Insights on beer marketing & PR by a beer-war vet

13 July

Crown chases lost gold

So Crown Lager – or rather CUB’s Crown brand – has launched another line extension. This time as Crown Golden Ale.

The launch was well covered by the Herald Sun plus a solid review by Matt K at Australian Brews News (he has some unresolved issues with the Crown brand).

After the hefty consumer backlash to Crown Lager’s new taste (aka reformulation) as well as the failure of Crown Pilsner and Crown Gold, you’d think CUB would be treating Crown with more respect. Being gentle – softly softly – with such a key brand.


Crown Golden Ale in its black and gold livery

But no..

So .. this latest brand refurbishment for Crown prompts me to ask:

  • Is Crown Golden Ale filling an identified demand/niche or just line extending as CUB tends to do reactively when a brand is under serious pressure e.g. VB Original Ale?

Trend watching: OTL (other than lager)
Answer? Maybe it’s the strength of CUB rival James Squire’s Golden Ale.

Or could it be that CUB has spotted the trend in the UK where ‘golden ales’ are chalking up surprising growth in recent years?

The Guardian quotes Tesco ale buyer Chiara Nesbitt who notes: “Over the last five years ale has made a resounding revival as a flavoursome beer that is now appealing to a younger generation of beer drinkers. Golden ale with its light and refreshing taste is playing a major role in this revival as it is the beer lager drinkers first generally try if they want to switch to ale.” (my emphasis)

In support of this view, CAMRA (Campaign for Real Ale in the United Kingdom) defines golden ales as a “.. new style of pale, well-hopped and quenching beer developed in the 1980s as independent brewers attempted to win younger drinkers from heavily-promoted lager brands.” (my emphasis)

Sneaking its way into craft?
Many beer experts will claim golden ale as being a style which has its origins in, and is now ‘owned’ by, the craft beer segment. I tend to agree.

So is this just CUB nudging the style boundaries and giving a hat-tip to a popular craft beer?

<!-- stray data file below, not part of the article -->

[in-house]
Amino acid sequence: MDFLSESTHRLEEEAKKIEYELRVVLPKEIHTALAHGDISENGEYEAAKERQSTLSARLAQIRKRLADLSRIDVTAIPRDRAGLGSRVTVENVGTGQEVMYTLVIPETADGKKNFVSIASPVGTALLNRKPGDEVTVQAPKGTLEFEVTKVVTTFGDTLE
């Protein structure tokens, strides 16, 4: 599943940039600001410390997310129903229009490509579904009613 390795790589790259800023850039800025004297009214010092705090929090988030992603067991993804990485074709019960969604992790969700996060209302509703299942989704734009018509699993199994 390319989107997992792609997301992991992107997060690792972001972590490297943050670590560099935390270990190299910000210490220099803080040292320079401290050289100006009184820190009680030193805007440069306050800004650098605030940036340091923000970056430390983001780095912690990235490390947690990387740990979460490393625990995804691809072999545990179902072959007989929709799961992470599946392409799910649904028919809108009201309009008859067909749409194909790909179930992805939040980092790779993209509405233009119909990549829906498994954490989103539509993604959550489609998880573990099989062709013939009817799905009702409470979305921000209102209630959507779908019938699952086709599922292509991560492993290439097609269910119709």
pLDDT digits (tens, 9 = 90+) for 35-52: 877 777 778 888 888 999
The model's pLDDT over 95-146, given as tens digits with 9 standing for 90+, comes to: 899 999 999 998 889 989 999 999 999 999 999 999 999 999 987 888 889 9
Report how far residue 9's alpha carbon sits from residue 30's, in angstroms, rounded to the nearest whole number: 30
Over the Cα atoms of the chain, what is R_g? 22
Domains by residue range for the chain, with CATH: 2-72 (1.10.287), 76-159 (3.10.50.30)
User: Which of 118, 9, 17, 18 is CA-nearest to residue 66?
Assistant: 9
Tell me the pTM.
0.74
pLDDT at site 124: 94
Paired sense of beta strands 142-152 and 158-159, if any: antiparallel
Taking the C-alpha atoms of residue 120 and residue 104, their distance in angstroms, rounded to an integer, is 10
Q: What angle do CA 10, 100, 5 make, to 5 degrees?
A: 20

I think so, but does it matter?

“No” says Australian journalist Glen Humphries in his blog beer is your friend.

His post on Crown Golden Ale notes: “.. geeks can get very protective about the craft beer segment – even as we debate what “craft beer” means.”

While Humphries admits “.. if they [CUB] take a few tricks from the craft beer world, then so be it.” He also doesn’t “think this golden ale is marketed as a craft beer, any more than Crown Lager is.”

Get as prissy as you want; in the end it comes down to taste: who likes it and who buys it.

Premium ain’t premium anymore
For decades Crown Lager was a cash cow for CUB. The brewery made massive premiums from this self-titled premium. But the influx of imported ‘premium’ beers; the growth of quality craft alternatives; and often confusing price points at retail (e.g. Crown Lager cheaper than VB) have all undermined Crown’s premium claim.

Indeed, these forces challenged the whole concept of what a premium beer really was.

CUB marketers retain their long-held view that big television commercials are cure-alls: that they’ll turn brands around. For Crown it’s recently featured earthy stories about barley growers.

But once a premium positioning is lost – it’s lost.

While the TVCs may well be award-winning for the agency, back in the market, sadly it’s the Crownie loyalists who’ve been let down by Crown in recent years. And sneaky claims that “time is the fifth ingredient” have not helped.

And, speaking of Matt Kirkegaard, I believe he’s right. “It is surprising that SAB-Miller has elected to extend the brand before fixing it.”

Gold and black remembered
Probably irrelevant – and probably superstition – but worthy of discussion.greg norman and Swan Premium

There are a few battle-scarred beer marketers who cringe about heavy use of gold and black livery to underline premium brand claims.

Swan Premium Export Lager took that just a bit too far. “They said they’d never make it!” And they were right.